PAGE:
On my drive to the airport on the way back from Spain a couple of days ago I spotted the shrike on a bush by the side of the road. One of the fondest memories of my early years was to spot the shrike on its post on the way to or from the beach during our summer holidays. Shrikes will sit on it’s favoured almond tree, bush or telegraph post wire for hours watching for prey. Shrikes are a family of predatory perching birds, with hooked bills similar to those of raptors. It’s mask and white eyebrow give the Iberian Grey shrike a fierce look. Grey shrikes mostly feed on large insects but they also hunt lizards, mice and birds. They often cache surplus prey on spines and thorns of bushes. I remember coming across my first mole cricked as an impaled prey of a grey shrike.
When reviewing photos of past holidays I found some distant shots of a male stonechat near Morston, at the North Norfolk coast. I was amazed at the vivid colours of the breeding male, quite used now to the more subdued autumn and winter tones of the bird. Just after moulting, male stonechat feather fringes are tan, and hide the bright black and orange tones that will be revealed when the feathers are abraded by use by spring. If was a sunny, late April morning and the saltmarsh was dotted with the bright yellow gorse bushes in bloom. The male stonechat appeared atop one of the bushes and I only had time for a couple of shots before it flew off. Pencil and watercolour on my Wacom tablet.
For day 7 of 30 days wild I have drawn a Yellowhammer. I love drawing and I wish I did it more often! I drew the yellowhammer based on a distant photo of mine, which I took at Kiplingcotes, a Yorkshire Wildlife Trust nature reserve where they are plentiful. Yellowhammers glow yellow on top of a hedge, where they sing their cheerful ‘little bit of bread and no cheeeeese!’ phrase. Pencil and watercolour on my Wacom tablet.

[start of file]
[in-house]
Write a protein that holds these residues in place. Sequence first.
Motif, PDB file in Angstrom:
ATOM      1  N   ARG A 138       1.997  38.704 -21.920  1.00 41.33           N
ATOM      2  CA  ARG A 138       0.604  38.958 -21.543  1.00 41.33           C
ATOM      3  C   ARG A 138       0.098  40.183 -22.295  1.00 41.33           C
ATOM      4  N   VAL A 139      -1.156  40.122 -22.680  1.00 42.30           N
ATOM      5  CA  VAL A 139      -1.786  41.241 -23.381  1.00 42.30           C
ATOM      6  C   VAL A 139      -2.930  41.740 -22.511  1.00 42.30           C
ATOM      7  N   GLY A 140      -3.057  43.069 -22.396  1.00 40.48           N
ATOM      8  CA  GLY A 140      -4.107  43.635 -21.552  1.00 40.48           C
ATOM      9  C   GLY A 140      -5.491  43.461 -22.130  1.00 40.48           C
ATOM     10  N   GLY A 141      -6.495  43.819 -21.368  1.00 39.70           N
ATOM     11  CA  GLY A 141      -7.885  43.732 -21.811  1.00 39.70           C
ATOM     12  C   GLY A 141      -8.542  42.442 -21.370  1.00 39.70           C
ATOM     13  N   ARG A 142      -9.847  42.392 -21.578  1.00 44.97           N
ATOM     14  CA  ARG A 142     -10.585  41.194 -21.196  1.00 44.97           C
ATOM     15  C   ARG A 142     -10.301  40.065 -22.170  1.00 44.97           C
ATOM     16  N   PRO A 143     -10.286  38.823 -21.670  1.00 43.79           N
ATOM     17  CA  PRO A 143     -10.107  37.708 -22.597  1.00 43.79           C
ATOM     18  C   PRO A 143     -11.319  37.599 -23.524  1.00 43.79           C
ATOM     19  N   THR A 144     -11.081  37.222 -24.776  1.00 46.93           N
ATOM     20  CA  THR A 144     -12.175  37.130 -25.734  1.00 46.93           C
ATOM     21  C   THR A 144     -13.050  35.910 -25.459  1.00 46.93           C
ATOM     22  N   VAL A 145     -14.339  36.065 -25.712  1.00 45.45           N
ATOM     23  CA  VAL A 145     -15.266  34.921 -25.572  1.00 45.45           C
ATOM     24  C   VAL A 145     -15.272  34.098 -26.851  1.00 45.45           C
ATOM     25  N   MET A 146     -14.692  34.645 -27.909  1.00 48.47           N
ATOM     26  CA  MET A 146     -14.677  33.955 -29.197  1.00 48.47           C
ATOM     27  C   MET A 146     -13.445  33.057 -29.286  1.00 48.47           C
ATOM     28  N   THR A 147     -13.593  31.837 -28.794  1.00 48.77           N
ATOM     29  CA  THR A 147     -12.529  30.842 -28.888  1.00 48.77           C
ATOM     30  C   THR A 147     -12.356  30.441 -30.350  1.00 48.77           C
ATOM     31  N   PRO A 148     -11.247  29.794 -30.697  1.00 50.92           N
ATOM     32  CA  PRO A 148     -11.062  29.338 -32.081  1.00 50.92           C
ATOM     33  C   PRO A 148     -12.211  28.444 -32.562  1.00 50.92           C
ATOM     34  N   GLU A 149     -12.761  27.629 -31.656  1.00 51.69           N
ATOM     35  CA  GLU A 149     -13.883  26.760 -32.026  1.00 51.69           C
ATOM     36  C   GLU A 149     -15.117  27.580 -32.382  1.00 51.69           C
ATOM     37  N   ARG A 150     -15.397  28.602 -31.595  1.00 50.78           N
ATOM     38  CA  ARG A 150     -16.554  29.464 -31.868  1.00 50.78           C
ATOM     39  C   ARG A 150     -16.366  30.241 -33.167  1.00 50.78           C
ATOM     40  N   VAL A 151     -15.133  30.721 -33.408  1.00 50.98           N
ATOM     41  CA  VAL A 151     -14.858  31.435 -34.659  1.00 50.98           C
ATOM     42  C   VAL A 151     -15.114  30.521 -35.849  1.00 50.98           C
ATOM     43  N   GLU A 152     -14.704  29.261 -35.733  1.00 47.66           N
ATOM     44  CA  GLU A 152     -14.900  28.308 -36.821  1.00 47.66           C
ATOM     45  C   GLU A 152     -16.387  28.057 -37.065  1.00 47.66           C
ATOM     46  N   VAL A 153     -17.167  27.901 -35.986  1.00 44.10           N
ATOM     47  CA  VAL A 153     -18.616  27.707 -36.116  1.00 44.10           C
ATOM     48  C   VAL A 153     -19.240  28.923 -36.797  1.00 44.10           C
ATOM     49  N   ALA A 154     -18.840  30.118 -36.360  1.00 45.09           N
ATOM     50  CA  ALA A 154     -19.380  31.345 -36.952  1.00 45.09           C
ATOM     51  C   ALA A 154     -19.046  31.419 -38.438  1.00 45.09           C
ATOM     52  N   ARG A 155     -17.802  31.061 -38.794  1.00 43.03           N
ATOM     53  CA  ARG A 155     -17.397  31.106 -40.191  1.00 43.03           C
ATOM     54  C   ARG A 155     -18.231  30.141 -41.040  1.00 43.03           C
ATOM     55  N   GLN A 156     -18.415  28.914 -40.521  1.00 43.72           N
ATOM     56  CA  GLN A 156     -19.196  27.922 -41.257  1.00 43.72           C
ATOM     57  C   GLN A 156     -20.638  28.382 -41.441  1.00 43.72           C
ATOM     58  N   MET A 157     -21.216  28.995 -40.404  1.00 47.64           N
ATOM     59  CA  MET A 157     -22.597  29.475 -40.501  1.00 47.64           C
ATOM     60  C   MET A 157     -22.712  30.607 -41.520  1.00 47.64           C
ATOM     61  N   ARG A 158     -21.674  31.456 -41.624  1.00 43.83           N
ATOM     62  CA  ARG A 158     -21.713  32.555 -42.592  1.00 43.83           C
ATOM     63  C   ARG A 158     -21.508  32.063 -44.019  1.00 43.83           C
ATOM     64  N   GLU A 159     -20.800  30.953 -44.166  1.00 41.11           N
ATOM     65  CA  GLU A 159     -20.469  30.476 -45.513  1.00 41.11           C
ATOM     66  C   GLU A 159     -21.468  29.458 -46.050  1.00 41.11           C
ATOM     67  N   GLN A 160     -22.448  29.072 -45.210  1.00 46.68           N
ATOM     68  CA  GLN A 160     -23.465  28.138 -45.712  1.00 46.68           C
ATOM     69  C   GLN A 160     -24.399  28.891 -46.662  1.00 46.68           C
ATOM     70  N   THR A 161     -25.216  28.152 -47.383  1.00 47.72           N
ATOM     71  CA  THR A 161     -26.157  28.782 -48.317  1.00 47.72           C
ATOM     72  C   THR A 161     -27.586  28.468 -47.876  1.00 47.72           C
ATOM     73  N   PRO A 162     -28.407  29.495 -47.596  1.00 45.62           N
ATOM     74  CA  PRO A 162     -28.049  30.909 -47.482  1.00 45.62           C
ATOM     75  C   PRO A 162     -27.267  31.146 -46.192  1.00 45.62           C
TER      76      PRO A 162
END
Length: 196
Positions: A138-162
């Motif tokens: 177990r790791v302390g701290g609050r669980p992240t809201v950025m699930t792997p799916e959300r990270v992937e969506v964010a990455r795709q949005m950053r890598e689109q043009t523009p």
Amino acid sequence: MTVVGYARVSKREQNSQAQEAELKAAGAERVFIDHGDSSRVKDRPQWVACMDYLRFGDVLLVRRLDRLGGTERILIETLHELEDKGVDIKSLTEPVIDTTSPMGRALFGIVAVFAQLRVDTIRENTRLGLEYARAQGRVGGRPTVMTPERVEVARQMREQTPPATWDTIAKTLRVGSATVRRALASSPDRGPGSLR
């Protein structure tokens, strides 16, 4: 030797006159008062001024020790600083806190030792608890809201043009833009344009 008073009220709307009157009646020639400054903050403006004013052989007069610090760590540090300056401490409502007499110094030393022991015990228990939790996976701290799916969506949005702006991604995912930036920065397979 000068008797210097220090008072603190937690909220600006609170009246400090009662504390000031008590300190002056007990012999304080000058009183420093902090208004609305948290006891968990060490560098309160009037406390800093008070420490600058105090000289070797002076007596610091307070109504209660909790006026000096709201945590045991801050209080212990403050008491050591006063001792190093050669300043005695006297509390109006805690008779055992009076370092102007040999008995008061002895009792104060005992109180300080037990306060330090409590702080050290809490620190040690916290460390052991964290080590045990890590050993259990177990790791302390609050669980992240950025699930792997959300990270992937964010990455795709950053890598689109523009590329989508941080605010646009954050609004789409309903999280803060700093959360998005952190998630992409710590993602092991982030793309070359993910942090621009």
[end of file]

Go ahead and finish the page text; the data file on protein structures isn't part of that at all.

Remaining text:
Many sea birds expose the inside of their mouth in their courtship displays. The Gannet’s mouth is surprisingly black, the Kittiwake’s carmine red, while the Shag’s is yellow, with intense yellow spots on their jaws contrasting with their black, iridescent and scaly green feathers. Add to this the odd tuft of feathers that they can raise or flatten at will and their bottle-green eyes and they may look either elegant or truly comical, but decidedly reptilian. I was inspired to draw these Shags after reading Adam Nicholson’s ‘The Seabird Cry, which I recommend, with beautiful and simple illustrations by Kate Boxer. I took many photos of shags in the Farne Islands a few years ago, some of an incubating individual, panting in the sun, very close to us. Pencil, watercolour and ink on my Wacom tablet.
I watched Goldeneyes displaying and courting a few days back at Far Ings, a Lincolnshire Wildlife Trust Nature Reserve. Goldeneyes males and females engage in eye catching displays even at their wintering quarters, and this is one of the most striking. The males throwing their heads back while keeping their heads quite stilted. They also call at the end of the display, which I have represented on the drawing. Watercolour and pencil on my Wacom tablet.
I went to see the Little Tern colony at Beacon Ponds, near Spurn Head on Monday, a very warm, sunny day. The Little Terns fished back and forth from the sea and the lagoon to the shingle beach where they nest, sometimes hovering for a while before diving head first. Some were sitting on nests. At one point, something spook them and they all took flight in a compact flock and circled around before settling again. A pencil and watercolour sketch.
I was lucky enough recently to see some Little Owls in the Yorkshire Wolds. One of them sat on an old, gnarled oak, well camouflaged. The only give-away its rounded silhouette in the fading light. It stared to the camera, unsure, before flying off. Watercolour and Pencil on Wacom tablet.